India’s bonds fell the most in almost two months on concern that curbs the government put on companies borrowing overseas will reduce surplus cash in the financial system, damping debt demand. Ten-year notes ended four days of gains after the finance ministry on Tuesday imposed caps on foreign debt.
“Bonds have fallen because traders are concerned that the restrictions on external borrowings will cause banking system liquidity to decrease,” said K.P. Suresh Prabhu, chief bond trader at HDFC Bank Ltd in Mumbai.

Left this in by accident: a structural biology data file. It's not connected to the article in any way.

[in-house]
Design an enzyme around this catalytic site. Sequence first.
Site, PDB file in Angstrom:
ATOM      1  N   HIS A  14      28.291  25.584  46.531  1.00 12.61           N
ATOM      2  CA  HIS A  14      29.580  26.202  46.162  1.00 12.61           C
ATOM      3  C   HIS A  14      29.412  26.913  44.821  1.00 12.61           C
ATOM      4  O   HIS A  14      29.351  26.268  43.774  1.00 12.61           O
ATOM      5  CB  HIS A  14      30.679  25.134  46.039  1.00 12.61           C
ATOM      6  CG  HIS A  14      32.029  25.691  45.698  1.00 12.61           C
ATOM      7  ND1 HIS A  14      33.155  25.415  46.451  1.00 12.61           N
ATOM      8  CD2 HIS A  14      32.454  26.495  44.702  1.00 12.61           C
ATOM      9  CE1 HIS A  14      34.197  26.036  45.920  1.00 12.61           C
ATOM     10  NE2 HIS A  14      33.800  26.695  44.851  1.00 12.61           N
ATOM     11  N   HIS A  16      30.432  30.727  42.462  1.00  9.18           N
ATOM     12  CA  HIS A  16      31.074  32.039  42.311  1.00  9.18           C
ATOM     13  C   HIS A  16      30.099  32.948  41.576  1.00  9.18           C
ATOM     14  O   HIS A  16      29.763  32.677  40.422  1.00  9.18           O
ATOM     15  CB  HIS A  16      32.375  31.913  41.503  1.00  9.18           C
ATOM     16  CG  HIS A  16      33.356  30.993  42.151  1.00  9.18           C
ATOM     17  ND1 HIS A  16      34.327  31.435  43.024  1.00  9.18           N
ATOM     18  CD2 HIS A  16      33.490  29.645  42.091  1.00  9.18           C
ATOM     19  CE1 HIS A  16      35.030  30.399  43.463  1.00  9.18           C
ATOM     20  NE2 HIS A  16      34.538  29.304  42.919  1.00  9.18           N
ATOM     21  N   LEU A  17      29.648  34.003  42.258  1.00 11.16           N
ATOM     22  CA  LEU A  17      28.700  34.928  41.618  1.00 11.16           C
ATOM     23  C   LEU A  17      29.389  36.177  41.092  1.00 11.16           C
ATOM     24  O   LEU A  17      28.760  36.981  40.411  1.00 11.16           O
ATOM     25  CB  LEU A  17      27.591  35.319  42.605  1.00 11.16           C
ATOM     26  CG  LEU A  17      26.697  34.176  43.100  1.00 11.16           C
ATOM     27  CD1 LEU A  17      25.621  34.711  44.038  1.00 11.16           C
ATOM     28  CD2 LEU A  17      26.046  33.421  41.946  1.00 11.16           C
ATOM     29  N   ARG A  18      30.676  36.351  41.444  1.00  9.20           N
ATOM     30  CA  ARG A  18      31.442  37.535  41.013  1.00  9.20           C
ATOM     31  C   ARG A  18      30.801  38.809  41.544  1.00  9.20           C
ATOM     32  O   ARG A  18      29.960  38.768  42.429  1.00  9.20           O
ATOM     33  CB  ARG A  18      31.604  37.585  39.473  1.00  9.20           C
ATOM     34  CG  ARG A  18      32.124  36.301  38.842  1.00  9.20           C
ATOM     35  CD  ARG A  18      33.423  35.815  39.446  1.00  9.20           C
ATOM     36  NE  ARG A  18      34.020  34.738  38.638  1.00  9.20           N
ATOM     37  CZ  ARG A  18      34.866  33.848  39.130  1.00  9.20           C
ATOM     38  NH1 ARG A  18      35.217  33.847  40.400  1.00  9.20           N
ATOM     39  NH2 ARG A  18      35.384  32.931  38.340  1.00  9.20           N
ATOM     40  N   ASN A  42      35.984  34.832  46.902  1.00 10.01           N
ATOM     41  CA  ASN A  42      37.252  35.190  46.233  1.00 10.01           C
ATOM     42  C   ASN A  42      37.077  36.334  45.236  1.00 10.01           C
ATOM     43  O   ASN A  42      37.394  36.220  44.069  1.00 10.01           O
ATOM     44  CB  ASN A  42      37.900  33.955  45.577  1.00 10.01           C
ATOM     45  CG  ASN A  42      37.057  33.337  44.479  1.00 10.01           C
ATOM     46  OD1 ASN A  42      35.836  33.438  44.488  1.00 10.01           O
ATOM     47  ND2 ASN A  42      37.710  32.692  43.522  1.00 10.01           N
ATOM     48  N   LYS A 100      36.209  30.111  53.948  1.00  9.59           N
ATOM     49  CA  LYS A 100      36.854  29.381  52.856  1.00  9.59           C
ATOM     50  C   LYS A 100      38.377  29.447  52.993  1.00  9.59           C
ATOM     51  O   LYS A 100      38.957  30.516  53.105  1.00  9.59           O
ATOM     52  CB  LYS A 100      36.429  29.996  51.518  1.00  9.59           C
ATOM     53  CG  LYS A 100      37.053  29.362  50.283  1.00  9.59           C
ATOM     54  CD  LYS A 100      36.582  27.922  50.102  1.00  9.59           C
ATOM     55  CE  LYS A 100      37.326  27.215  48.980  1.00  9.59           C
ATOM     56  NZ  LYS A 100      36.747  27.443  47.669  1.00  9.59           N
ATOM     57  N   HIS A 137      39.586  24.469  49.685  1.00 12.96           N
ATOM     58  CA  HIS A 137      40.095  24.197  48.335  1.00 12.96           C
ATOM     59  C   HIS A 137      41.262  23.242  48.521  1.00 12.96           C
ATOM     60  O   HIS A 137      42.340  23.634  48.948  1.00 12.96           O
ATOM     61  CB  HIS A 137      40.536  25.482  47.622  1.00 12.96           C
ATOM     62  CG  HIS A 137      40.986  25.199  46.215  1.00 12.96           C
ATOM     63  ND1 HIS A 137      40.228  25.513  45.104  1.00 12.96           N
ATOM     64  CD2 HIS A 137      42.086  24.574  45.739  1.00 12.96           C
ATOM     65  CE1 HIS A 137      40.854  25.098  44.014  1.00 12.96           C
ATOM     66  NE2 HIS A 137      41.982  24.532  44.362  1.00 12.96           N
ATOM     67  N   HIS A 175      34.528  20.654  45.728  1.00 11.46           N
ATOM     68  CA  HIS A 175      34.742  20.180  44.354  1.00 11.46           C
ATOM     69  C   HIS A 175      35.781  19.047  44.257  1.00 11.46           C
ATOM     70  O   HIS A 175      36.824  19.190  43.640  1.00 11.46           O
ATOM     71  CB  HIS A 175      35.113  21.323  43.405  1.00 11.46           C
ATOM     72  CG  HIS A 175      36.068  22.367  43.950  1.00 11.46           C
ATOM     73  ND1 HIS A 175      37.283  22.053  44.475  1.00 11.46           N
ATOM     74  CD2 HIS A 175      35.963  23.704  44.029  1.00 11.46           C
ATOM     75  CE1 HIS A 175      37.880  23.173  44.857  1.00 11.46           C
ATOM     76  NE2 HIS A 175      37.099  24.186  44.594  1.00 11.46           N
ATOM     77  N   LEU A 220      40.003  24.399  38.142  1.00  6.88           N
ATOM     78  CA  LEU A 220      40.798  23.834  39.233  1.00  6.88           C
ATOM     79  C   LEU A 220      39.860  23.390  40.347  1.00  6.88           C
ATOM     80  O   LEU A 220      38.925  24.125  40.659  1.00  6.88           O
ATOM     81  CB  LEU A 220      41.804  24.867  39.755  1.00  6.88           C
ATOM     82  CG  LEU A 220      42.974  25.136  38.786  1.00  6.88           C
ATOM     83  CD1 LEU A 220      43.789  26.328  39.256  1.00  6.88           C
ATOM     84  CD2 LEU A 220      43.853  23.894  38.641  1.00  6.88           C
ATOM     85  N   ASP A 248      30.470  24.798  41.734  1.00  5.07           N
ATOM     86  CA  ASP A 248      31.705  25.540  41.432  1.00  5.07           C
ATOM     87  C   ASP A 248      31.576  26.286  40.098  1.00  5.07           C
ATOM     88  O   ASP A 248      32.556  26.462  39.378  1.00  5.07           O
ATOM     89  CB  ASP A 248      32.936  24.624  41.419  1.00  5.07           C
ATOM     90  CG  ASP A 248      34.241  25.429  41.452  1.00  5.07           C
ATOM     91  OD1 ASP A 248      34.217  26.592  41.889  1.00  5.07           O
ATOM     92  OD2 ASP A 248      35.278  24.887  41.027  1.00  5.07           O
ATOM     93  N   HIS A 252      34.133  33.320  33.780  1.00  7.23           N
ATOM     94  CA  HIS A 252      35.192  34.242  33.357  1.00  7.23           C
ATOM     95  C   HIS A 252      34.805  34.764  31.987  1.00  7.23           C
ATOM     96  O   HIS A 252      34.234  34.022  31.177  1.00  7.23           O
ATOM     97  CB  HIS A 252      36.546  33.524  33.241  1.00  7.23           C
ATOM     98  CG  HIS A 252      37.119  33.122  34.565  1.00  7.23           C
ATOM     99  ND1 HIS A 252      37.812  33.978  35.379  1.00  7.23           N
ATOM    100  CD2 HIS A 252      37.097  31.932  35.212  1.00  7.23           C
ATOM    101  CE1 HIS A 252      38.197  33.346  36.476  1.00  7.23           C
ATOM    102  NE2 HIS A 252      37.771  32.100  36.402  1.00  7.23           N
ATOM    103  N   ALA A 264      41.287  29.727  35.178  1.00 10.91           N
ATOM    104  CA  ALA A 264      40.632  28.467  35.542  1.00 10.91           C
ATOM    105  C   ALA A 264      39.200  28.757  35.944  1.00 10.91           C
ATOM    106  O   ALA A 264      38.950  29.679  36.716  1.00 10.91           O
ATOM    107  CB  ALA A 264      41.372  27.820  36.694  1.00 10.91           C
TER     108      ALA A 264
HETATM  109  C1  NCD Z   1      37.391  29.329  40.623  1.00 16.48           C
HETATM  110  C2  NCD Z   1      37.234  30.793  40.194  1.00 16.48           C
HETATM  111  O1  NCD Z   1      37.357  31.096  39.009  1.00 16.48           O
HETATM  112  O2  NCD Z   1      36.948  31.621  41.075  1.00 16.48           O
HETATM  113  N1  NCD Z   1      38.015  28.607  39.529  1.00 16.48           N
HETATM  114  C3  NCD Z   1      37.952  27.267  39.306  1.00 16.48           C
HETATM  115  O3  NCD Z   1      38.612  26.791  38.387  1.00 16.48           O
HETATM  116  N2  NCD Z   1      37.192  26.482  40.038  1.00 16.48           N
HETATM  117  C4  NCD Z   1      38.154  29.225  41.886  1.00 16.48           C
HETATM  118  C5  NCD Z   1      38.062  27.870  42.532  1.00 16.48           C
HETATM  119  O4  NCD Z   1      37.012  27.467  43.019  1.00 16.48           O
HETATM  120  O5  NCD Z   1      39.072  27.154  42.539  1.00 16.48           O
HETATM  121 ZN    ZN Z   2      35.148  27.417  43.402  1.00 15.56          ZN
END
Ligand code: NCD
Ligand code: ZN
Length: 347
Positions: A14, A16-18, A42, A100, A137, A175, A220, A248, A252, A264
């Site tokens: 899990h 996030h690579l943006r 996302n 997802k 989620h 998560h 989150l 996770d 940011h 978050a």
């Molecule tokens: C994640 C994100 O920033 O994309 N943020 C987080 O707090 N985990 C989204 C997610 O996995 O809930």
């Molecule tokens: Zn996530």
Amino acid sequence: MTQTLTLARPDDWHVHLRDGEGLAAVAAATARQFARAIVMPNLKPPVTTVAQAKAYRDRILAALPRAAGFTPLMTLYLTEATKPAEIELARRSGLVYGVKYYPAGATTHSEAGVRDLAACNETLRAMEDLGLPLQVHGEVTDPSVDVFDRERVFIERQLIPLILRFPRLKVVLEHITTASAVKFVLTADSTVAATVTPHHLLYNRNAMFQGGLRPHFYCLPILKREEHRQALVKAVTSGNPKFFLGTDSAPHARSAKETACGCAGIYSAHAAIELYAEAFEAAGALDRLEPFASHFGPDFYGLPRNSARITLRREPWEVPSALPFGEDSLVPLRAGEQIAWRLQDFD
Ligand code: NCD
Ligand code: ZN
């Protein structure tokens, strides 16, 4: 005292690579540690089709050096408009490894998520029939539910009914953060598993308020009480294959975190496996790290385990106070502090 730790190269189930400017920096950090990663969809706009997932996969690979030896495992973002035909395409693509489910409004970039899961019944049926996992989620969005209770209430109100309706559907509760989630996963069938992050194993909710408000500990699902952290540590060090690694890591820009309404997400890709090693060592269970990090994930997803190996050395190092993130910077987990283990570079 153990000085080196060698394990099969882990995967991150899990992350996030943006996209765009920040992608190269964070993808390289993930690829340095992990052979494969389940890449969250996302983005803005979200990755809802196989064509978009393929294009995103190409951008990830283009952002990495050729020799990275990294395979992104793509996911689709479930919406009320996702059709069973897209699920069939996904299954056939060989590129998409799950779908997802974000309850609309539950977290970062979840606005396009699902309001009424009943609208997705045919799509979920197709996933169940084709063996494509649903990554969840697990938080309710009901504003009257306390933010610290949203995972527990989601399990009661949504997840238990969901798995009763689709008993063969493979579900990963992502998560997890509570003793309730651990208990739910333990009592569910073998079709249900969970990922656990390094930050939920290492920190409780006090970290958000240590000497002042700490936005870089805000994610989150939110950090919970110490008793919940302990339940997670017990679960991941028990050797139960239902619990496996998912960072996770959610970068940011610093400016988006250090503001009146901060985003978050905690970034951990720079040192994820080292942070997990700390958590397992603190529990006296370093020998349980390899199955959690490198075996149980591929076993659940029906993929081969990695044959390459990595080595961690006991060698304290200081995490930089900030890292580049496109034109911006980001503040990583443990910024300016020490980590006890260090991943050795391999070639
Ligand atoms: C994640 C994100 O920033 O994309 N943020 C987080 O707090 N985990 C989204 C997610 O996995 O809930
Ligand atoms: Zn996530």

The yield on the benchmark 7.49% note due April 2017 rose 9 basis points, or 0.09 percentage point, to 7.91% at close in Mumbai—the biggest increase since 11 June. The price fell 0.58, or 58 paise per Rs100 face value, to 97.19.
“Concerns remain in the bond market over inflation outlook,” said Namrata Padhye, a fixed-income strategist at IDBI Gilts Ltd in Mumbai. bloomberg